Blast Roasting, Lead Melting and Refining, Elements of Electrometallurgy, Miscellaneous Electrometallurgical Processes, Electrometallurgy of Copper, E

Blast Roasting, Lead Melting and Refining, Elements of Electrometallurgy, Miscellaneous Electrometallurgical Processes, Electrometallurgy of Copper, E

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This historic book may have numerous typos and missing text. Purchasers can usually download a free scanned copy of the original book (without typos) from the publisher. Not indexed. Not illustrated. 1911 edition. Excerpt: ...a difficult one, because suitable and at the same time inexpensive diaphragms have not as yet been obtained. This trouble, though, seems to be solved in the Cohen process by doing away with diaphragms. An especially constructed bath is used in which the cupric chloride formed at the anode, having a higher specific gravity than the chloride solution, settles at the bottom, where it forms a distinct layer, into which the anode extends. The cathode is short and does not reach the highest level of this layer, which is kept. from accumulating by a siphon discharge. It is quite probable that the obstacles to the Hoepfner process will be overcome to a great extent. ELECTROLYTIC REFINING OF SILVER on DORE BULLION CLASSIFICATION OF PROCESSES 9. The electrolytic methods for refining silver are steadily increasing in favor, owing to their cheapness and the remarkable purity of the product obtained. The metal is particularly well adapted to electrolytic refining, and especially to those methods that depend on the solution of the silver at the anode and its redeposition at the cathode. The processes for the recovery of silver from its alloys may be divided into two classes. In the first class the silver is but a small' percentage of the metals of the alloy; the latter is therefore electrolyzed for the deposition of the principal metal. The silver and gold in such instances are not dissolved in the electrolyte, but are separated out at the anode in an insoluble form, called slimes, mud, or residues. This is the case with the lead bullion of the Roessler-Edelmann process. But the crusts produced by the Parkes process contain too much lead to give satisfactory results by electrolytic methods. The silver and gold in these residues are not pure, and...show more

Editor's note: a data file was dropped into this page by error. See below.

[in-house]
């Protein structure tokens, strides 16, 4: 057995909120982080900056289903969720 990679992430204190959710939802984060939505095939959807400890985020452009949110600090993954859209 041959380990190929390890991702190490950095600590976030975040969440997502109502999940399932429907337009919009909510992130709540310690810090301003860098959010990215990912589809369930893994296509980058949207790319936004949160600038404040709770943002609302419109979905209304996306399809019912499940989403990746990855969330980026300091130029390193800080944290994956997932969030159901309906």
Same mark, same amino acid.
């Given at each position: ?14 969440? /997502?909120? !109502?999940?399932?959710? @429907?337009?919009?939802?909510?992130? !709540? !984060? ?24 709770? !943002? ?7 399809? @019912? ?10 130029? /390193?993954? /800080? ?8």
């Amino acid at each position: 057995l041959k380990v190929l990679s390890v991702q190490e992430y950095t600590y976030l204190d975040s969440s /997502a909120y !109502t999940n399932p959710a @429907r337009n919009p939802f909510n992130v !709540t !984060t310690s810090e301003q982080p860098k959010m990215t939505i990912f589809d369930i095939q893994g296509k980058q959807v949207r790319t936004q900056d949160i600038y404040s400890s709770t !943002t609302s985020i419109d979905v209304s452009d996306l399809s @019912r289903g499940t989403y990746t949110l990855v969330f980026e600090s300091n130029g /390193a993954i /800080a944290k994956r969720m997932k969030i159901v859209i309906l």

Product details

  • Paperback | 126 pages
  • 189 x 246 x 7mm | 240g
  • Rarebooksclub.com
  • United States
  • English
  • black & white illustrations
  • 1236945476
  • 9781236945471